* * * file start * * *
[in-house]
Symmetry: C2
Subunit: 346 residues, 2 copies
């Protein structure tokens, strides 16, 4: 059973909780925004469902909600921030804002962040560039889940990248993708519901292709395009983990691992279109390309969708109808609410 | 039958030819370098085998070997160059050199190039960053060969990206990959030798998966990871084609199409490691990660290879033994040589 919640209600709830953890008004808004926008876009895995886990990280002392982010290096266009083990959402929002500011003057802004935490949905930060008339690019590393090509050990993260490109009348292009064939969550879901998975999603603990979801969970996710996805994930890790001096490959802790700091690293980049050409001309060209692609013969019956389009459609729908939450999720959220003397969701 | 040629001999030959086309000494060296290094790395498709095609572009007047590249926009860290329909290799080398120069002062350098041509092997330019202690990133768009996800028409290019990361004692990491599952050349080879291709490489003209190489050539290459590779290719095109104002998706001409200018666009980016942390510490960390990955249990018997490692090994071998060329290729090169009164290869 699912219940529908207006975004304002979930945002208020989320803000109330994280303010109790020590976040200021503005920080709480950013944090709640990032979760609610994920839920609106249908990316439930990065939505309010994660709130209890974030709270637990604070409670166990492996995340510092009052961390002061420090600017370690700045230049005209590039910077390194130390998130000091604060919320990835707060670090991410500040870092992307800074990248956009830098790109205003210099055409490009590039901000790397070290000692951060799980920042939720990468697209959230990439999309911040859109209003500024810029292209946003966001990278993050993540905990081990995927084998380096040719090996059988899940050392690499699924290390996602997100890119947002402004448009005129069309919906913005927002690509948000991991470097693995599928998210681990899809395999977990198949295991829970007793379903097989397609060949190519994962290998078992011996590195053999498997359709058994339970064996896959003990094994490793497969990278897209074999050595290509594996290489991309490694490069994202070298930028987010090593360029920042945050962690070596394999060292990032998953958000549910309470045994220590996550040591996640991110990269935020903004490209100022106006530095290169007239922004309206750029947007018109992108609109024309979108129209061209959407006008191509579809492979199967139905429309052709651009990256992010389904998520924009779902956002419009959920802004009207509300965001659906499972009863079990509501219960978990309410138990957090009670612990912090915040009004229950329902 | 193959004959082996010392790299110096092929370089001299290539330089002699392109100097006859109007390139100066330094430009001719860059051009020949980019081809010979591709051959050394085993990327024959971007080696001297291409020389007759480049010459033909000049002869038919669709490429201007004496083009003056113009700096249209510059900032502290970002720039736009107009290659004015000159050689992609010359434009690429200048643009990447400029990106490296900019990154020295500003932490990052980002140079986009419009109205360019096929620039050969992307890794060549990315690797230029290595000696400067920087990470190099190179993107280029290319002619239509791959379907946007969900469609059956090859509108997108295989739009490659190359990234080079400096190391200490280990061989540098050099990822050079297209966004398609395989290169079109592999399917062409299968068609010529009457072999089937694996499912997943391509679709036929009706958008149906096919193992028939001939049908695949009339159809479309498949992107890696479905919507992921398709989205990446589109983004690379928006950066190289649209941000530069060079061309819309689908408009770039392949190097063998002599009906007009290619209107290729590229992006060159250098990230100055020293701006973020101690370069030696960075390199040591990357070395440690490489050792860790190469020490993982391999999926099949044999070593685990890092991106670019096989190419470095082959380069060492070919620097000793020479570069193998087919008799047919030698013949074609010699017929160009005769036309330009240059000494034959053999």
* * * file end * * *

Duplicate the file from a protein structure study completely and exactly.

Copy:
[in-house]
Symmetry: C2
Subunit: 346 residues, 2 copies
């Protein structure tokens, strides 16, 4: 059973909780925004469902909600921030804002962040560039889940990248993708519901292709395009983990691992279109390309969708109808609410 | 039958030819370098085998070997160059050199190039960053060969990206990959030798998966990871084609199409490691990660290879033994040589 919640209600709830953890008004808004926008876009895995886990990280002392982010290096266009083990959402929002500011003057802004935490949905930060008339690019590393090509050990993260490109009348292009064939969550879901998975999603603990979801969970996710996805994930890790001096490959802790700091690293980049050409001309060209692609013969019956389009459609729908939450999720959220003397969701 | 040629001999030959086309000494060296290094790395498709095609572009007047590249926009860290329909290799080398120069002062350098041509092997330019202690990133768009996800028409290019990361004692990491599952050349080879291709490489003209190489050539290459590779290719095109104002998706001409200018666009980016942390510490960390990955249990018997490692090994071998060329290729090169009164290869 699912219940529908207006975004304002979930945002208020989320803000109330994280303010109790020590976040200021503005920080709480950013944090709640990032979760609610994920839920609106249908990316439930990065939505309010994660709130209890974030709270637990604070409670166990492996995340510092009052961390002061420090600017370690700045230049005209590039910077390194130390998130000091604060919320990835707060670090991410500040870092992307800074990248956009830098790109205003210099055409490009590039901000790397070290000692951060799980920042939720990468697209959230990439999309911040859109209003500024810029292209946003966001990278993050993540905990081990995927084998380096040719090996059988899940050392690499699924290390996602997100890119947002402004448009005129069309919906913005927002690509948000991991470097693995599928998210681990899809395999977990198949295991829970007793379903097989397609060949190519994962290998078992011996590195053999498997359709058994339970064996896959003990094994490793497969990278897209074999050595290509594996290489991309490694490069994202070298930028987010090593360029920042945050962690070596394999060292990032998953958000549910309470045994220590996550040591996640991110990269935020903004490209100022106006530095290169007239922004309206750029947007018109992108609109024309979108129209061209959407006008191509579809492979199967139905429309052709651009990256992010389904998520924009779902956002419009959920802004009207509300965001659906499972009863079990509501219960978990309410138990957090009670612990912090915040009004229950329902 | 193959004959082996010392790299110096092929370089001299290539330089002699392109100097006859109007390139100066330094430009001719860059051009020949980019081809010979591709051959050394085993990327024959971007080696001297291409020389007759480049010459033909000049002869038919669709490429201007004496083009003056113009700096249209510059900032502290970002720039736009107009290659004015000159050689992609010359434009690429200048643009990447400029990106490296900019990154020295500003932490990052980002140079986009419009109205360019096929620039050969992307890794060549990315690797230029290595000696400067920087990470190099190179993107280029290319002619239509791959379907946007969900469609059956090859509108997108295989739009490659190359990234080079400096190391200490280990061989540098050099990822050079297209966004398609395989290169079109592999399917062409299968068609010529009457072999089937694996499912997943391509679709036929009706958008149906096919193992028939001939049908695949009339159809479309498949992107890696479905919507992921398709989205990446589109983004690379928006950066190289649209941000530069060079061309819309689908408009770039392949190097063998002599009906007009290619209107290729590229992006060159250098990230100055020293701006973020101690370069030696960075390199040591990357070395440690490489050792860790190469020490993982391999999926099949044999070593685990890092991106670019096989190419470095082959380069060492070919620097000793020479570069193998087919008799047919030698013949074609010699017929160009005769036309330009240059000494034959053999």